Sunday 25 September 2016

Volkswagen lawyers walk out of court over 'unfair' case

Published 07/09/2016 | 02:30

Mr. Paul Fogarty, Junior Counsel for Volkswagen, centre with colleagues at Castlebar District Court, Co. Mayo for a case taken by Eithne Higgins from Co Roscommon against Volkswagen. Photo : Keith Heneghan / Phocus
Mr. Paul Fogarty, Junior Counsel for Volkswagen, centre with colleagues at Castlebar District Court, Co. Mayo for a case taken by Eithne Higgins from Co Roscommon against Volkswagen. Photo : Keith Heneghan / Phocus

Lawyers for Volkswagen walked out of court in Mayo yesterday after labelling an ongoing case regarding emissions as "entirely inappropriate and unfair".

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Barrister Paul Fogarty and two instructing solicitors from A&L Goodbody left Castlebar District Court after Judge Mary Devins ruled she would continue with the case.

Earlier, Mr Fogarty told Judge Devins that his clients, Volkswagen Group Ireland and Volkswagen AG, had obtained legal advice that the court had no jurisdiction to take the case.

He said that, as a result, representatives were not present in court and the defence would be calling no witnesses. However, Judge Devins said the case would continue "without Hamlet" and later referred to the actions of the legal team as a "spectacular walk-out".

The case is being taken by mum-of-three Eithne Higgins Croghan, Boyle, Co Roscommon. She is seeking compensation after Volkswagen admitted cheating on emissions tests.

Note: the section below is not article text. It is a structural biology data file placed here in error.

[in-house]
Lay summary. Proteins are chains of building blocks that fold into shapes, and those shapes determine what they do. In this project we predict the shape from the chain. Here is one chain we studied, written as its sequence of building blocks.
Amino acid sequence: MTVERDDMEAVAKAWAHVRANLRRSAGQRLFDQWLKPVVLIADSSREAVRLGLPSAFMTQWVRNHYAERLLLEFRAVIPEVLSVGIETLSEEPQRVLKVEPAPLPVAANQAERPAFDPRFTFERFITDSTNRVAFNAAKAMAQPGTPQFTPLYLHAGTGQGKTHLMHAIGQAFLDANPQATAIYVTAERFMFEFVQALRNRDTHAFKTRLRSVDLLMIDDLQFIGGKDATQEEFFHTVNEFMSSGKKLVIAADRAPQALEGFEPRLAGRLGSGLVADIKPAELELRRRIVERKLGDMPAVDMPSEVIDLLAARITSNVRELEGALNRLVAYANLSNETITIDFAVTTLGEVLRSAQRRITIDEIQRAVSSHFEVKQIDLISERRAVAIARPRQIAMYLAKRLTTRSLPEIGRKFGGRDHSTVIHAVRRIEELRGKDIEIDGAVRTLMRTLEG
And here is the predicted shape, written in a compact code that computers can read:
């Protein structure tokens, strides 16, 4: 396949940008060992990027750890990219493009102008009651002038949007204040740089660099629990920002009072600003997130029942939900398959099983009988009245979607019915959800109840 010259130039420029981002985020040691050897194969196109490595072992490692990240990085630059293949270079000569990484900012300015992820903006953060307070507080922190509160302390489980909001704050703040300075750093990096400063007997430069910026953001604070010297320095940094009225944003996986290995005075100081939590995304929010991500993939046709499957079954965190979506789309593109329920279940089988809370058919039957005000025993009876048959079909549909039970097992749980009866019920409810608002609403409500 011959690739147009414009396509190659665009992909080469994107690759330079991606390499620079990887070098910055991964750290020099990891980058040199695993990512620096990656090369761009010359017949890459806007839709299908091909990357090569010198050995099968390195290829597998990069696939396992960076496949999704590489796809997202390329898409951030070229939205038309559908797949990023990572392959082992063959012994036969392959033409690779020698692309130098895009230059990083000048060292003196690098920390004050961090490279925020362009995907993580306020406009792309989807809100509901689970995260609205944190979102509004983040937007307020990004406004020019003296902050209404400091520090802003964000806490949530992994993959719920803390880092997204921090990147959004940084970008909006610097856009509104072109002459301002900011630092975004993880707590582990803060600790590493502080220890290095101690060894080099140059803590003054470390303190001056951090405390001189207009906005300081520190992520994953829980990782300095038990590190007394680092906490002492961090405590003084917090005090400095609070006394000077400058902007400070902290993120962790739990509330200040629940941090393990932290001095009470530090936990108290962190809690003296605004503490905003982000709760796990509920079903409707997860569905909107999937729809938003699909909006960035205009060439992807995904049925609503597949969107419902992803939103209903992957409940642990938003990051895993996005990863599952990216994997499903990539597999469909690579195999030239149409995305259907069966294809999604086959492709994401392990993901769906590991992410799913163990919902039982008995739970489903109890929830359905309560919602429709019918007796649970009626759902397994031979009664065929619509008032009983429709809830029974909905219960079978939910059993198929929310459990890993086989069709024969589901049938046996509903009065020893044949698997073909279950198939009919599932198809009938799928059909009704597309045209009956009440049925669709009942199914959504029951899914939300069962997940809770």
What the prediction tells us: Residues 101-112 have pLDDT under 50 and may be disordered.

The case will deal with whether there was an issue with carbon dioxide (CO2) and/or oxides of nitrogen (NOx) emissions on the vehicle in question. Ms Higgins's claim states that there may be implications in respect to the payment of Vehicle Registration Tax or road tax as a result of incorrect emissions data.

The court heard that after the emission revelations emerged, she attempted to trade in her car at three different garages, each time unsuccessfully. Evan O'Dwyer, representing Ms Higgins, criticised the respondents and their legal representation, stating that he and his client had been "bullied". He also claimed Ms Higgins had received three letters stating the company would pursue her for costs if she proceeded with the case.

A statement from Volkswagen Ireland's technical services manager Stephen McDonnell was read into the record, stressing that CO2 emissions were not linked to the NOx emissions.

However, this was dismissed by emissions expert Horace Calvert Stinson, who said it didn't stack up with theory, practice or experience.

The case continues today.

Irish Independent

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